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Defense Official Says Troops Made Substantial Errors in Afghanistan

WASHINGTON -- American troops made substantial errors and did not strictly follow rules for avoiding casualties during an air assault on Taliban fighters last month, a U.S. defense official said, underscoring a central quandary for President Barack Obama's new Afghan counterinsurgency campaign.

The defense official said Wednesday that a military investigation faulted some of the actions of American troops in air strikes May 4 that killed dozens of Afghan civilians in Farah province.

"Errors were made" in the attack, the official acknowledged on condition of anonymity, discussing one of the preliminary findings on an incident that has strained relations between Washington and Kabul and bred deep resentment among the Afghan people. Civilian deaths in Afghanistan have also enraged Muslims worldwide.

Though the probe looked into the events in early May, commanders for well over a year have focused considerable attention on the problem. It looms as large as ever as the Obama administration streams 21,000 troops into Afghanistan to try to regain momentum in the faltering war.

The new U.S. commander in eastern Afghanistan was asked about the issue at a news conference on his first day Wednesday, when he only took two questions. Maj. Gen. Curtis Scaparrotti, commander of the 82nd Airborne Division, responded that he planned to use close air support for troops only when needed to protect them and to complete the mission. And he said air strikes would be used carefully.

The nominee for top commander in Afghanistan was asked about it at his confirmation hearing Tuesday on Capitol Hill. Lt. Gen. Stanley McChrystal told senators: "This is a critical point. It may be the critical point. This is a struggle for the support of the Afghan people."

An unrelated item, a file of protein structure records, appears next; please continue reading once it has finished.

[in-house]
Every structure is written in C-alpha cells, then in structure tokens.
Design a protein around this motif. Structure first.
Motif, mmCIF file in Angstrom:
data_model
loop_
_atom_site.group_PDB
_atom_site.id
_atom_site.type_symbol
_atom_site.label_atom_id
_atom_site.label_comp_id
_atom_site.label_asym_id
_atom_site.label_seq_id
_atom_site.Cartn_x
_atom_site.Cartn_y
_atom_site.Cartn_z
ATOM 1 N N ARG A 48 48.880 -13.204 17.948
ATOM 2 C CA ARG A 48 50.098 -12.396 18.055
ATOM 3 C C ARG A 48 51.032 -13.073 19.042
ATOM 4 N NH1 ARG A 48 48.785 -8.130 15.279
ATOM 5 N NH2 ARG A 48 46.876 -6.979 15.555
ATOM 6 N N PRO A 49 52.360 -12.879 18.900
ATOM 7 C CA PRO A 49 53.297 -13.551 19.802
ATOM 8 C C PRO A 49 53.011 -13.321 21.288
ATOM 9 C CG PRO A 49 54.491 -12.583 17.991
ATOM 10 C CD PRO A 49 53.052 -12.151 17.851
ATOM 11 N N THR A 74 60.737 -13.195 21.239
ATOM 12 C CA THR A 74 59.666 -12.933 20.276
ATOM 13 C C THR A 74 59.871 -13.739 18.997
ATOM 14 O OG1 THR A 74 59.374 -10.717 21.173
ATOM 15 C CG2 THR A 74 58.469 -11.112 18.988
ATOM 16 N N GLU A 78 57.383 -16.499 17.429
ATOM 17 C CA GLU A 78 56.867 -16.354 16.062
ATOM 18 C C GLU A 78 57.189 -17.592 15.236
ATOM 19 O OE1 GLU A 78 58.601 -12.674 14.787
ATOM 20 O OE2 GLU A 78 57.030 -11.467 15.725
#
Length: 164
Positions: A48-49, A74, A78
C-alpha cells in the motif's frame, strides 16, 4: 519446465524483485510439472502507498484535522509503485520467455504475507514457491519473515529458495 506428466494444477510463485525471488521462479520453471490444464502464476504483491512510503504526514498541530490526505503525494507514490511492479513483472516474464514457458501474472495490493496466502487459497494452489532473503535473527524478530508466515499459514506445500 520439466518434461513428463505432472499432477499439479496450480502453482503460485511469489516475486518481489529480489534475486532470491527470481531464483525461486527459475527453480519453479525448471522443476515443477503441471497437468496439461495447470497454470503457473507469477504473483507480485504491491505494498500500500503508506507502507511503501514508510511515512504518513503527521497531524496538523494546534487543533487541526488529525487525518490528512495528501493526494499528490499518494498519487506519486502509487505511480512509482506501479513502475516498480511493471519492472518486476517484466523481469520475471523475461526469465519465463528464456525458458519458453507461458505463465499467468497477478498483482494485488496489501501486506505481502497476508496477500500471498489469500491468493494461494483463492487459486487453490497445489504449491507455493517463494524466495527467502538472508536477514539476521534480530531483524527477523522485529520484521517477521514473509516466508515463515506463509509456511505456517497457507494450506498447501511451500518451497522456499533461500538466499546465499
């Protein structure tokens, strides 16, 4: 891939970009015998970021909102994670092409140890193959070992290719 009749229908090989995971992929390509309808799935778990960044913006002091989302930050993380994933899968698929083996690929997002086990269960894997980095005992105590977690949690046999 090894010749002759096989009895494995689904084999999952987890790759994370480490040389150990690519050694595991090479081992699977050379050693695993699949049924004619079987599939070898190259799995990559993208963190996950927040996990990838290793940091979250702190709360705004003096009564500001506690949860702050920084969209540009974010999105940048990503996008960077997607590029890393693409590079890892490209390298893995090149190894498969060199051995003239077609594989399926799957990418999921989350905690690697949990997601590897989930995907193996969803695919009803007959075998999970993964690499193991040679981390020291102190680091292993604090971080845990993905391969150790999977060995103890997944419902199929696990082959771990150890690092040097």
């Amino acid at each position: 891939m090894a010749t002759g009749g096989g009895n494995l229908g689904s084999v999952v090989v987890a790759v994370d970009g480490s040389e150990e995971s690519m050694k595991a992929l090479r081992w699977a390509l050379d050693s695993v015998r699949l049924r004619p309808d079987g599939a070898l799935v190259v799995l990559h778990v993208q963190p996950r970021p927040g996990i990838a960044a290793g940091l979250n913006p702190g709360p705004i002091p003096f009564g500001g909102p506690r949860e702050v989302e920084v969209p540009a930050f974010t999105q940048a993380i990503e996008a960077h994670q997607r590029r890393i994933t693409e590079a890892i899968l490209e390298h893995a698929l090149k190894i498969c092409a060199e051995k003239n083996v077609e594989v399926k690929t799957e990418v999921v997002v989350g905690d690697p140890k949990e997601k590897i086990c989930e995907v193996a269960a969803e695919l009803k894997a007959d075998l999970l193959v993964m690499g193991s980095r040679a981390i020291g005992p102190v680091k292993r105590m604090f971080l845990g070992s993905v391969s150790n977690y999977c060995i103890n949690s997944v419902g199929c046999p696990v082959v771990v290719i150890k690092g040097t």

A report Wednesday by analysts at the think tank Center for a New American Security said that in order to turn around the Afghanistan/Pakistan problem, the United States must "rapidly triage" its priorities. "Protecting the population must take precedence over all other considerations," the report said.

McChrystal said that if confirmed, he will review all existing rules of engagement and all tactical directives. But American military commanders on a number of occasions already have reviewed and rewritten the rules -- including those on bombing missions and on how special forces operate -- in an effort to avoid Afghan casualties.

Rules tightened in a review last year may not have been followed by troops on May 4, said the official who spoke about the investigation.

One example cited by the investigators, the official said, involved a U.S. warplane that got permission to launch an attack against a suspected Taliban site. For some reason, the plane circled back and didn't reconfirm the target before dropping the bomb. The official said that left the possibility that civilians had entered the area or that the Taliban had left in the interim.

Officials have insisted they go to great lengths to avoid civilian casualties.

Maj. Gen. William Rew, the Air Force's director of operational planning, policy and strategy, said during a meeting with reporters earlier this year that "thousands" of attacks have been called off at the last minute when live video feeds from unmanned aerial vehicles showed civilians in the area of a planned strike.

Afghans say 140 civilians died on May 4, while American commanders say video evidence recorded by fighter jets and the account of the ground commander suggest no more than 30 civilians were killed, as well as 60 to 65 Taliban.

The International Committee of the Red Cross said a team that it sent to the area saw "dozens of bodies in each of the two locations," including women and children.

In Geneva, U.N. human rights investigator Philip Alston said Wednesday that about two-thirds of those killed appeared to be civilians, citing studies by the United Nations, the Afghan Independent Human Rights Commission and other monitors. He said he expected more information to come out in the coming days, and said U.S. reports "have become more and more detailed."

Said Alston: "The most important point is simply that there's no disagreement that a very significant number of civilians were killed."

According to the U.S. military, the battle in Farah began a day after Taliban fighters entered two villages, demanded money from civilians and killed three former government employees. An Afghan force rushed in, only to be ambushed by as many as 300 insurgents.

The provincial governor asked for U.S. military help, and American ground troops joined the battle, the U.S. says.

Before the battle was over, troops called in F-18 fighter jet airstrikes as well as help from a B-1 bomber, coordinating with the ground commander to strike a half-dozen targets including buildings and a tree grove insurgents were firing from or massing in, the U.S. has said.